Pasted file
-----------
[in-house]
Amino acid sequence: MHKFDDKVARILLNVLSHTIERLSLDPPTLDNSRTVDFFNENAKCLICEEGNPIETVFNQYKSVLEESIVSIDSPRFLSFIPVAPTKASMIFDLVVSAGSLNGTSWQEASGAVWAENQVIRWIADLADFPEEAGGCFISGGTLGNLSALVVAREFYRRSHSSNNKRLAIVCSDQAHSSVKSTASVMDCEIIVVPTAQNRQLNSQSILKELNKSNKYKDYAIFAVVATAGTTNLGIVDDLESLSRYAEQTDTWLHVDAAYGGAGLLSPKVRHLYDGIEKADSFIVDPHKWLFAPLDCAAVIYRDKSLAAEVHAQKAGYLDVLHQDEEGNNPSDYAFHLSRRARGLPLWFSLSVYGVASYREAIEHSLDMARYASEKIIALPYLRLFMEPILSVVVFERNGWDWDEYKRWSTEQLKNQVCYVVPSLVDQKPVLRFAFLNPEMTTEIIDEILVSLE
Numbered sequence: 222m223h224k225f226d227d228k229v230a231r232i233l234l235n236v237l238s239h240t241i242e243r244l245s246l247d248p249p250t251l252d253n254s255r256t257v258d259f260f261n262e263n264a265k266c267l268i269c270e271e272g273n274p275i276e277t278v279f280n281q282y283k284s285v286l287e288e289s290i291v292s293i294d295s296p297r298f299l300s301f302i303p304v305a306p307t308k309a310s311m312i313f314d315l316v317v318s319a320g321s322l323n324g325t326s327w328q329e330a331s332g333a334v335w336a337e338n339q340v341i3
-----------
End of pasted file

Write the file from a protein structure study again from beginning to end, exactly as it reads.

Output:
[in-house]
Amino acid sequence: MHKFDDKVARILLNVLSHTIERLSLDPPTLDNSRTVDFFNENAKCLICEEGNPIETVFNQYKSVLEESIVSIDSPRFLSFIPVAPTKASMIFDLVVSAGSLNGTSWQEASGAVWAENQVIRWIADLADFPEEAGGCFISGGTLGNLSALVVAREFYRRSHSSNNKRLAIVCSDQAHSSVKSTASVMDCEIIVVPTAQNRQLNSQSILKELNKSNKYKDYAIFAVVATAGTTNLGIVDDLESLSRYAEQTDTWLHVDAAYGGAGLLSPKVRHLYDGIEKADSFIVDPHKWLFAPLDCAAVIYRDKSLAAEVHAQKAGYLDVLHQDEEGNNPSDYAFHLSRRARGLPLWFSLSVYGVASYREAIEHSLDMARYASEKIIALPYLRLFMEPILSVVVFERNGWDWDEYKRWSTEQLKNQVCYVVPSLVDQKPVLRFAFLNPEMTTEIIDEILVSLE
Numbered sequence: 222m223h224k225f226d227d228k229v230a231r232i233l234l235n236v237l238s239h240t241i242e243r244l245s246l247d248p249p250t251l252d253n254s255r256t257v258d259f260f261n262e263n264a265k266c267l268i269c270e271e272g273n274p275i276e277t278v279f280n281q282y283k284s285v286l287e288e289s290i291v292s293i294d295s296p297r298f299l300s301f302i303p304v305a306p307t308k309a310s311m312i313f314d315l316v317v318s319a320g321s322l323n324g325t326s327w328q329e330a331s332g333a334v335w336a337e338n339q340v341i3